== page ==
For People Who Work With The Public
Visitors to Denali National Park and Preserve meet a wide variety of Interpreters, whether they are called naturalists, guides, or group leaders, as well as business and community members when they come to the park on a trip. The people visitors encounter enrich their experience in and around Denali, helping to provide them with memories for a lifetime.
This page is designed to provide resources for group leaders, naturalists, hiking guides, hotel staff, drivers, raft guides, flightseeing pilots, Bed & Breakfast owners, and anyone else who may routinely work with visitors to Denali National Park and Preserve.
Celebrating the Wilderness Act
“A wilderness, in contrast with those areas where man and his own works dominate the landscape, is hereby recognized as an area where the earth and its community of life are untrammeled by man, where man himself is a visitor who does not remain.”About a third of Denali is Congressionally-designated Wilderness. Help celebrate the 50th anniversary of the act when guiding your guests and clients in Denali this year. Download our Wilderness Act Messaging Guide to:
A Selection of Natural and Cultural Park Information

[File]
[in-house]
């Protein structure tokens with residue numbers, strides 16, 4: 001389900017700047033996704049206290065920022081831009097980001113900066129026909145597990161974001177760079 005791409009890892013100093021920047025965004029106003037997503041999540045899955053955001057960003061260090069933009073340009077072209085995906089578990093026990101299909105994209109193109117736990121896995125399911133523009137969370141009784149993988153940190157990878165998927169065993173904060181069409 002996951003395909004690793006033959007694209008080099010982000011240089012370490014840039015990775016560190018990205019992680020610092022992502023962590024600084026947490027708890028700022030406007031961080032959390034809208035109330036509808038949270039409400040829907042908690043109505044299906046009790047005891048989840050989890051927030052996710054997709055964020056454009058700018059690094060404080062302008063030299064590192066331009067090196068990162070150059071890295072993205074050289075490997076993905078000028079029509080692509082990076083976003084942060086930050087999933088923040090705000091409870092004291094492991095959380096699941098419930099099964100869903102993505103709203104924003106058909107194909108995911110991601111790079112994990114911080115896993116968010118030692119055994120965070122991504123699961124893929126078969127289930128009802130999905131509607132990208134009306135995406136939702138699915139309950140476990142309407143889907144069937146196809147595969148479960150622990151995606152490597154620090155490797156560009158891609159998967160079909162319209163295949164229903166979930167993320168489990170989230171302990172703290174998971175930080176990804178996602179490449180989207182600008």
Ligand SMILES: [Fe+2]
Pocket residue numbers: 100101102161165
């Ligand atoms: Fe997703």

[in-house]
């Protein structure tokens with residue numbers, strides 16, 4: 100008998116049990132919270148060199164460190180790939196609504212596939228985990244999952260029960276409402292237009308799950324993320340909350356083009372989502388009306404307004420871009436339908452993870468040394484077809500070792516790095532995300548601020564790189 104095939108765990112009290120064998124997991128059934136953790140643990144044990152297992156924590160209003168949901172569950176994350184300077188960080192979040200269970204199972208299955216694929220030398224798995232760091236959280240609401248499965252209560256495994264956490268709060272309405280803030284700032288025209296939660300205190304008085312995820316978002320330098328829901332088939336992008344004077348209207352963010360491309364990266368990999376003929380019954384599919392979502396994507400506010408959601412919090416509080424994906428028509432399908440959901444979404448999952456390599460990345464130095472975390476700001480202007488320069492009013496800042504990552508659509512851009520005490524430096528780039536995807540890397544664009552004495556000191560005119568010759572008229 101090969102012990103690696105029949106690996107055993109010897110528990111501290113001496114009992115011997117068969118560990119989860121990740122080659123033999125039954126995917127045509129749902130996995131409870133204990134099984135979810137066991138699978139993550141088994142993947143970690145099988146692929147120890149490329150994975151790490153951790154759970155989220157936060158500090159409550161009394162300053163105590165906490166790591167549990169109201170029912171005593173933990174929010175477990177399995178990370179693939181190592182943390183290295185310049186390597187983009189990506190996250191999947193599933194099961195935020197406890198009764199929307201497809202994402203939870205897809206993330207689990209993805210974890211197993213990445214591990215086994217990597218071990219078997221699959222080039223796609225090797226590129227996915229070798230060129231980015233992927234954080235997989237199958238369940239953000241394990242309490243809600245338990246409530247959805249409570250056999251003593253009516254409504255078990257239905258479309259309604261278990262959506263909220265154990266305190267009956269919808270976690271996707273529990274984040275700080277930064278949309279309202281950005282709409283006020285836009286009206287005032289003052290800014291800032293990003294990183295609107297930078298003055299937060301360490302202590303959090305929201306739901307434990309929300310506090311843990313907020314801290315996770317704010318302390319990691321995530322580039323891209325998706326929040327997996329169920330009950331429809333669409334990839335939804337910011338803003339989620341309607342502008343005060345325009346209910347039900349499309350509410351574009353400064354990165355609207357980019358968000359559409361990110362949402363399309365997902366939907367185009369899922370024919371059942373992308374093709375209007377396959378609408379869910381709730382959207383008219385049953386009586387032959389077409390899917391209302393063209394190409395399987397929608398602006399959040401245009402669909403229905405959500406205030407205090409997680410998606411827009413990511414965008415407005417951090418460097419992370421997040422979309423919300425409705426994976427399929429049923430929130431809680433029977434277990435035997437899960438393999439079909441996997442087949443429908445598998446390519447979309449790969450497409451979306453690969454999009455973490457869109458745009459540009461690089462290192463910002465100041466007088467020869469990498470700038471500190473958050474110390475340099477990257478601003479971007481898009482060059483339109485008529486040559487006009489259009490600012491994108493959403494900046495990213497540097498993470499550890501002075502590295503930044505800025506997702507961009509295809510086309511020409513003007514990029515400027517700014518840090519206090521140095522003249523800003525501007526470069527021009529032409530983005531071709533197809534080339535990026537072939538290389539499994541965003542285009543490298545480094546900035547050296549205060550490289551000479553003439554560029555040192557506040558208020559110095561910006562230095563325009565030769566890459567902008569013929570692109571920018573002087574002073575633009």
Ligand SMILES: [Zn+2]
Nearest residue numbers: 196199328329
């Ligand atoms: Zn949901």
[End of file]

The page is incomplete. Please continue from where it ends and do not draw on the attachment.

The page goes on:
Tips and Tools for Creating Effective Interpretive Programs
Key Things You Should Know About the Park's Purposes and Goals
Training, Coaching, and Development Opportunities
Attend Denali "Resource Days" to learn about current scientific research in the park.
Check here for updates on training opportunities in Denali. Support materials from skill development courses will also be posted here. For questions about training, coaching, or other Interpretation skill development courses contact the park's Division of Interpretation.
Want to learn more about interpretation?
There are many resources available online to help develop interpretive skills. Explore online courses about creating interpretive programs. Skills gained through the courses help interpreters hone their skills whether presenting a talk, walk, hike, bus tour, or narrated plane flight.
Did You Know?
The vast landscapes of interior Alaska are changing. Large glaciers are receding, permafrost is melting and woody plants are spreading. Comparison of "then-and-now" photographs and data from major vegetation monitoring should allow detection, understanding and potential management of these changes.